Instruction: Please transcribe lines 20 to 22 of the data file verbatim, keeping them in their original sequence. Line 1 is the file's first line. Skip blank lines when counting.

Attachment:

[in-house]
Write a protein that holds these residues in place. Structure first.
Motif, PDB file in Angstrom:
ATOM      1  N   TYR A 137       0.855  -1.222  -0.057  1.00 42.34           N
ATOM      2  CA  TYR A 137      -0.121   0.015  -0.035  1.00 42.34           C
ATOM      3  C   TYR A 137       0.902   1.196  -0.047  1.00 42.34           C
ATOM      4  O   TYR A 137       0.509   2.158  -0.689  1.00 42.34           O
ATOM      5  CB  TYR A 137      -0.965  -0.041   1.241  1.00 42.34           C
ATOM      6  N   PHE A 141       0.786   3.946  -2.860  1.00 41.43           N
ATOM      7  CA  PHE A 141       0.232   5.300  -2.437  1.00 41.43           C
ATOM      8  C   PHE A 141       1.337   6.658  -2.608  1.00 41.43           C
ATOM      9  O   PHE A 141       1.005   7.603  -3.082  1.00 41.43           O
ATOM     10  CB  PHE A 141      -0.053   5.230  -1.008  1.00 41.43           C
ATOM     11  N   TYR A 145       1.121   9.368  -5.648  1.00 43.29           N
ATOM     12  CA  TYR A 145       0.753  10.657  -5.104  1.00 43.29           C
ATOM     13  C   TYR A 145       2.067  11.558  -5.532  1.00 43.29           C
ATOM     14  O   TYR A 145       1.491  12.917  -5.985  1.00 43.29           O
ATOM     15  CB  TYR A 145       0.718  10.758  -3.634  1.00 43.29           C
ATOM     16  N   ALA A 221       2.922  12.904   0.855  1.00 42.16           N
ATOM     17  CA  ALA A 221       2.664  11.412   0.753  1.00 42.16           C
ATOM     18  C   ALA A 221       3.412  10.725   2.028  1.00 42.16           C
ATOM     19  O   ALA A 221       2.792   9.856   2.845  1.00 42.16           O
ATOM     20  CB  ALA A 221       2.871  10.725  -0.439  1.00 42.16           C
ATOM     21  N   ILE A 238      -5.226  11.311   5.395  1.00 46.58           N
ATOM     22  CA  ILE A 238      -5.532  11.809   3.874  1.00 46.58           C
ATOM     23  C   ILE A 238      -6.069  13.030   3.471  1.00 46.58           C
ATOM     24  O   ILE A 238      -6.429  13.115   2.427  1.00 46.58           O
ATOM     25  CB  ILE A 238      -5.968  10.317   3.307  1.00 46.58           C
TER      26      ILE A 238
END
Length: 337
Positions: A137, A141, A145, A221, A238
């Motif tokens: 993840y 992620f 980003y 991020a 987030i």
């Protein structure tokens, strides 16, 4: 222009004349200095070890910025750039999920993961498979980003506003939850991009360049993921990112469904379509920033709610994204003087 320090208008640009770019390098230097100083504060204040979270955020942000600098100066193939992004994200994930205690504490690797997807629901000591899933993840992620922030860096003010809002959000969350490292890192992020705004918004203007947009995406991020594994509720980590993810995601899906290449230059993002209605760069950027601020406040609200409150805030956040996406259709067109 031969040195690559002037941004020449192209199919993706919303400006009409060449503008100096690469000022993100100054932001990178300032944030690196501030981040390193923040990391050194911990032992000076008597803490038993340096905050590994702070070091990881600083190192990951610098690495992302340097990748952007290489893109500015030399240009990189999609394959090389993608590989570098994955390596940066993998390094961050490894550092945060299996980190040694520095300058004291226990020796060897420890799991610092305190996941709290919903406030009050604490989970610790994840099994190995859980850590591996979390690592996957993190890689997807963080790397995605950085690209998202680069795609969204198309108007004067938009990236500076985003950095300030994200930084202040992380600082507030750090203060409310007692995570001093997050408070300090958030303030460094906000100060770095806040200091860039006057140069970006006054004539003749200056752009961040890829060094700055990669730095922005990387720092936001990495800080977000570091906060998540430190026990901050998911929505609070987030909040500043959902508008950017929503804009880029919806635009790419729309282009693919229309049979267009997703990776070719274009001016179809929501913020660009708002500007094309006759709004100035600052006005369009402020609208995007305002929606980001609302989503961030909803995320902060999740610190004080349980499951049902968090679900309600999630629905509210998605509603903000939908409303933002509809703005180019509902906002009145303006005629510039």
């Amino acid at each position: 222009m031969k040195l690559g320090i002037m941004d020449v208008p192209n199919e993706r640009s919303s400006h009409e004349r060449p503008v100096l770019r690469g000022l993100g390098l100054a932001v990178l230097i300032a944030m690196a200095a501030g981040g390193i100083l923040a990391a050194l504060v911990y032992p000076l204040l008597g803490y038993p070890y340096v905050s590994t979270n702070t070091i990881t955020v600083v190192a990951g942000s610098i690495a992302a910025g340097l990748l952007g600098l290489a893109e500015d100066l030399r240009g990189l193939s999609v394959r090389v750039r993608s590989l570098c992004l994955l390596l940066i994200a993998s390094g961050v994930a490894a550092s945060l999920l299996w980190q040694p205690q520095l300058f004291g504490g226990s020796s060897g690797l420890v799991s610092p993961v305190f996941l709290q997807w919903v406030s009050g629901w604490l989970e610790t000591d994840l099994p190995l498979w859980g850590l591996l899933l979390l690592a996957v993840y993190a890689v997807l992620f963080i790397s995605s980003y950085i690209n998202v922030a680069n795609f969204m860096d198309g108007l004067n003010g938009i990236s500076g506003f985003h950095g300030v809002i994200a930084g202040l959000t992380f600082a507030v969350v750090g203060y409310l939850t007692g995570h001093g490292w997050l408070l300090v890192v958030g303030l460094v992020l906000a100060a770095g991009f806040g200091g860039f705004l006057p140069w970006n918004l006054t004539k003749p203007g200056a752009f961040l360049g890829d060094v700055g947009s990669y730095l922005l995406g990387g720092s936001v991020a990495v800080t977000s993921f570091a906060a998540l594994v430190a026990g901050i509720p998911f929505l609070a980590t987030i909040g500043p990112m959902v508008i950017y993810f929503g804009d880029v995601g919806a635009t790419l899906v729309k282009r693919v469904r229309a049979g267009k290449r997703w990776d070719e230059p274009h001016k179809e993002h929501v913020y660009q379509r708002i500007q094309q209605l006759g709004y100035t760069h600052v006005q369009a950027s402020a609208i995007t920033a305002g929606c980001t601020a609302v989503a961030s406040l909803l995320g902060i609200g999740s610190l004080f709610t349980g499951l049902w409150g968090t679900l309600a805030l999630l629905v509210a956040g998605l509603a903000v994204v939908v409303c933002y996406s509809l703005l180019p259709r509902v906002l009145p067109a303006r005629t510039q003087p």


ATOM     17  CA  ALA A 221       2.664  11.412   0.753  1.00 42.16           C
ATOM     18  C   ALA A 221       3.412  10.725   2.028  1.00 42.16           C
ATOM     19  O   ALA A 221       2.792   9.856   2.845  1.00 42.16           O